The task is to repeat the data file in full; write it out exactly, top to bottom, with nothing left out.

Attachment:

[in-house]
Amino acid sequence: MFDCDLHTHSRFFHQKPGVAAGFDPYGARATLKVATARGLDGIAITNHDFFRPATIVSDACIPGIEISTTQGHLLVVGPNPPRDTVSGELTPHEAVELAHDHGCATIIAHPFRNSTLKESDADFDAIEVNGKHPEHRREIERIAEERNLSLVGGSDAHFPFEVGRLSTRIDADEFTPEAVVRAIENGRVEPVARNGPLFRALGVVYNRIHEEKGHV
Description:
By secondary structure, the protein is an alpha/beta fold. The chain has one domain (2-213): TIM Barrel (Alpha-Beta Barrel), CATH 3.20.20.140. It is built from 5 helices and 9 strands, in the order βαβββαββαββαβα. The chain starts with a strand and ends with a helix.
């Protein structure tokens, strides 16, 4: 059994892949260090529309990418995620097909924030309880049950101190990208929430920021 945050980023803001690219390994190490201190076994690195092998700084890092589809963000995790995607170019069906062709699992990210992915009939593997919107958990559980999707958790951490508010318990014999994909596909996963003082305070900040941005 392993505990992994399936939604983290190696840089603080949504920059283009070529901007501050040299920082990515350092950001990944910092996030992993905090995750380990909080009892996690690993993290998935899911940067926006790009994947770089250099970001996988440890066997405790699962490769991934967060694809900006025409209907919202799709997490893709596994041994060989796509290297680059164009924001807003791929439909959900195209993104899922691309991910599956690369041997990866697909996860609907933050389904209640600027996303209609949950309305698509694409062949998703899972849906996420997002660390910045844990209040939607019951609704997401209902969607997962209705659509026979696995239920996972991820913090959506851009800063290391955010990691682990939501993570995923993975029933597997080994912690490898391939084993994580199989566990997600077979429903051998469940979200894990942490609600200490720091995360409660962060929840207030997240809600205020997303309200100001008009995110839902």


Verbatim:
[in-house]
Amino acid sequence: MFDCDLHTHSRFFHQKPGVAAGFDPYGARATLKVATARGLDGIAITNHDFFRPATIVSDACIPGIEISTTQGHLLVVGPNPPRDTVSGELTPHEAVELAHDHGCATIIAHPFRNSTLKESDADFDAIEVNGKHPEHRREIERIAEERNLSLVGGSDAHFPFEVGRLSTRIDADEFTPEAVVRAIENGRVEPVARNGPLFRALGVVYNRIHEEKGHV
Description:
By secondary structure, the protein is an alpha/beta fold. The chain has one domain (2-213): TIM Barrel (Alpha-Beta Barrel), CATH 3.20.20.140. It is built from 5 helices and 9 strands, in the order βαβββαββαββαβα. The chain starts with a strand and ends with a helix.
């Protein structure tokens, strides 16, 4: 059994892949260090529309990418995620097909924030309880049950101190990208929430920021 945050980023803001690219390994190490201190076994690195092998700084890092589809963000995790995607170019069906062709699992990210992915009939593997919107958990559980999707958790951490508010318990014999994909596909996963003082305070900040941005 392993505990992994399936939604983290190696840089603080949504920059283009070529901007501050040299920082990515350092950001990944910092996030992993905090995750380990909080009892996690690993993290998935899911940067926006790009994947770089250099970001996988440890066997405790699962490769991934967060694809900006025409209907919202799709997490893709596994041994060989796509290297680059164009924001807003791929439909959900195209993104899922691309991910599956690369041997990866697909996860609907933050389904209640600027996303209609949950309305698509694409062949998703899972849906996420997002660390910045844990209040939607019951609704997401209902969607997962209705659509026979696995239920996972991820913090959506851009800063290391955010990691682990939501993570995923993975029933597997080994912690490898391939084993994580199989566990997600077979429903051998469940979200894990942490609600200490720091995360409660962060929840207030997240809600205020997303309200100001008009995110839902």